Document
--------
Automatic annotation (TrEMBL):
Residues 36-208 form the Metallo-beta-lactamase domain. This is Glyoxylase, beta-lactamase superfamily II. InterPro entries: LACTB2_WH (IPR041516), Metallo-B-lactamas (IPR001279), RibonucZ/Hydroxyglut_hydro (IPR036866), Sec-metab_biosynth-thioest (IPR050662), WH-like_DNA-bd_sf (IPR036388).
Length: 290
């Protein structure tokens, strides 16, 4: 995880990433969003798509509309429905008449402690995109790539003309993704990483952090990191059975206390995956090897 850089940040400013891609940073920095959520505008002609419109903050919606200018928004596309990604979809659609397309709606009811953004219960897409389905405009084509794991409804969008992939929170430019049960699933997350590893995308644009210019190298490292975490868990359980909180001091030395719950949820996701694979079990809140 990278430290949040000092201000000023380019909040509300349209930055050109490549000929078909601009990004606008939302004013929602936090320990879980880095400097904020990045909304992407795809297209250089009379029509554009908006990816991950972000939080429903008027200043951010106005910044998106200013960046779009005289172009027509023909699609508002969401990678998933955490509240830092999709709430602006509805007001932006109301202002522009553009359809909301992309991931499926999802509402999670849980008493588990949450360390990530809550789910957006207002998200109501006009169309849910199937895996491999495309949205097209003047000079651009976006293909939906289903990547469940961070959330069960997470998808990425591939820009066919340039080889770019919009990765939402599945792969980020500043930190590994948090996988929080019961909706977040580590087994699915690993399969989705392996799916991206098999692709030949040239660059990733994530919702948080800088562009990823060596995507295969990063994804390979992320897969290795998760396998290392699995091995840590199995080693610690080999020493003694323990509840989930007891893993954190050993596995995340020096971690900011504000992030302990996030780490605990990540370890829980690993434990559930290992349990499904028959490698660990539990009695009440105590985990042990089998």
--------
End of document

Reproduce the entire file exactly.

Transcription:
Automatic annotation (TrEMBL):
Residues 36-208 form the Metallo-beta-lactamase domain. This is Glyoxylase, beta-lactamase superfamily II. InterPro entries: LACTB2_WH (IPR041516), Metallo-B-lactamas (IPR001279), RibonucZ/Hydroxyglut_hydro (IPR036866), Sec-metab_biosynth-thioest (IPR050662), WH-like_DNA-bd_sf (IPR036388).
Length: 290
């Protein structure tokens, strides 16, 4: 995880990433969003798509509309429905008449402690995109790539003309993704990483952090990191059975206390995956090897 850089940040400013891609940073920095959520505008002609419109903050919606200018928004596309990604979809659609397309709606009811953004219960897409389905405009084509794991409804969008992939929170430019049960699933997350590893995308644009210019190298490292975490868990359980909180001091030395719950949820996701694979079990809140 990278430290949040000092201000000023380019909040509300349209930055050109490549000929078909601009990004606008939302004013929602936090320990879980880095400097904020990045909304992407795809297209250089009379029509554009908006990816991950972000939080429903008027200043951010106005910044998106200013960046779009005289172009027509023909699609508002969401990678998933955490509240830092999709709430602006509805007001932006109301202002522009553009359809909301992309991931499926999802509402999670849980008493588990949450360390990530809550789910957006207002998200109501006009169309849910199937895996491999495309949205097209003047000079651009976006293909939906289903990547469940961070959330069960997470998808990425591939820009066919340039080889770019919009990765939402599945792969980020500043930190590994948090996988929080019961909706977040580590087994699915690993399969989705392996799916991206098999692709030949040239660059990733994530919702948080800088562009990823060596995507295969990063994804390979992320897969290795998760396998290392699995091995840590199995080693610690080999020493003694323990509840989930007891893993954190050993596995995340020096971690900011504000992030302990996030780490605990990540370890829980690993434990559930290992349990499904028959490698660990539990009695009440105590985990042990089998």